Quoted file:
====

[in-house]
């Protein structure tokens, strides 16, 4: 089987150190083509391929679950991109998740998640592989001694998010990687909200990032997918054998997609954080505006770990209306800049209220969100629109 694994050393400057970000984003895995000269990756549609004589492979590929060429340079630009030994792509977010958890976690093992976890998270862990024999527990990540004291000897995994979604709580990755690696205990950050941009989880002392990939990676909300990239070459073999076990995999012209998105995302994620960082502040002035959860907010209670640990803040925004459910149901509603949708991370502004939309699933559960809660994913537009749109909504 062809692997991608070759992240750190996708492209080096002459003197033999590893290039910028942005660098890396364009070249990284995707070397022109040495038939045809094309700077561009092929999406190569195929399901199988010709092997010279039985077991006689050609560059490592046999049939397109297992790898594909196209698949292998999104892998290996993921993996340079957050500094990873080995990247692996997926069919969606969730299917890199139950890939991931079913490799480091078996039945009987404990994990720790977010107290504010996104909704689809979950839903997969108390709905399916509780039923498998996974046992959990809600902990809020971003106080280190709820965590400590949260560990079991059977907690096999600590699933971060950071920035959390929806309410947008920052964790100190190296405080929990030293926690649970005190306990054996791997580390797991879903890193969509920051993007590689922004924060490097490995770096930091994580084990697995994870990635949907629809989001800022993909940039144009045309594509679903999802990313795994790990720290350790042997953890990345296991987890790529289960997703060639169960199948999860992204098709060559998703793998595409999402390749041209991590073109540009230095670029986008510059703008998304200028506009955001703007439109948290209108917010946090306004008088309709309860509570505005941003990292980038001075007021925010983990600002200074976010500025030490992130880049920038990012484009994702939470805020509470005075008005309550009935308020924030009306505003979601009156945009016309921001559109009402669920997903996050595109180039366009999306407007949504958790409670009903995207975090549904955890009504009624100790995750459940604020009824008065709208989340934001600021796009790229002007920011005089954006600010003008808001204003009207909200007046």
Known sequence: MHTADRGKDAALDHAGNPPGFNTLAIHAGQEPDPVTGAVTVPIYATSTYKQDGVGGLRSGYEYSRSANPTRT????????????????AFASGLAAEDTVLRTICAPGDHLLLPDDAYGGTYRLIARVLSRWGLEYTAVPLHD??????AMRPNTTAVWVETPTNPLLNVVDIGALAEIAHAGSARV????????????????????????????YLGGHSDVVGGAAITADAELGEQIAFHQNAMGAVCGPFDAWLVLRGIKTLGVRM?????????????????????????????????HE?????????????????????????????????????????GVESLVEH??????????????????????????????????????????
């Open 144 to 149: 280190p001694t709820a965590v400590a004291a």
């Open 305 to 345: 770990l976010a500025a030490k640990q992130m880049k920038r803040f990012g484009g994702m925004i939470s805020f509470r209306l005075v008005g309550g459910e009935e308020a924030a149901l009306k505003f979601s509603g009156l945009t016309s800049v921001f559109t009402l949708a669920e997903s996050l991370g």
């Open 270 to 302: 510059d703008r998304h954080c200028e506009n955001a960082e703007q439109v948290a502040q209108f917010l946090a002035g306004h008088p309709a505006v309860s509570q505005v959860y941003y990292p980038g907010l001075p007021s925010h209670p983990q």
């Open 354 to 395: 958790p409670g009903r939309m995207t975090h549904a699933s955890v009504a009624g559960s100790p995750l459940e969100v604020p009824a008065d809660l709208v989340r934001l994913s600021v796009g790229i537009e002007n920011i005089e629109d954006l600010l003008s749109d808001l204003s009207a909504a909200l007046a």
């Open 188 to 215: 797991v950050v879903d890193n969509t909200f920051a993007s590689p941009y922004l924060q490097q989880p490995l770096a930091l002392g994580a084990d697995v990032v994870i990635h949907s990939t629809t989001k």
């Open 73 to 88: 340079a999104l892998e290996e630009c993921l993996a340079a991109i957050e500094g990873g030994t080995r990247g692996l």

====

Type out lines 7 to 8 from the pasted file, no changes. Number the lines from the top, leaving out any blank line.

């Open 354 to 395: 958790p409670g009903r939309m995207t975090h549904a699933s955890v009504a009624g559960s100790p995750l459940e969100v604020p009824a008065d809660l709208v989340r934001l994913s600021v796009g790229i537009e002007n920011i005089e629109d954006l600010l003008s749109d808001l204003s009207a909504a909200l007046a």
């Open 188 to 215: 797991v950050v879903d890193n969509t909200f920051a993007s590689p941009y922004l924060q490097q989880p490995l770096a930091l002392g994580a084990d697995v990032v994870i990635h949907s990939t629809t989001k």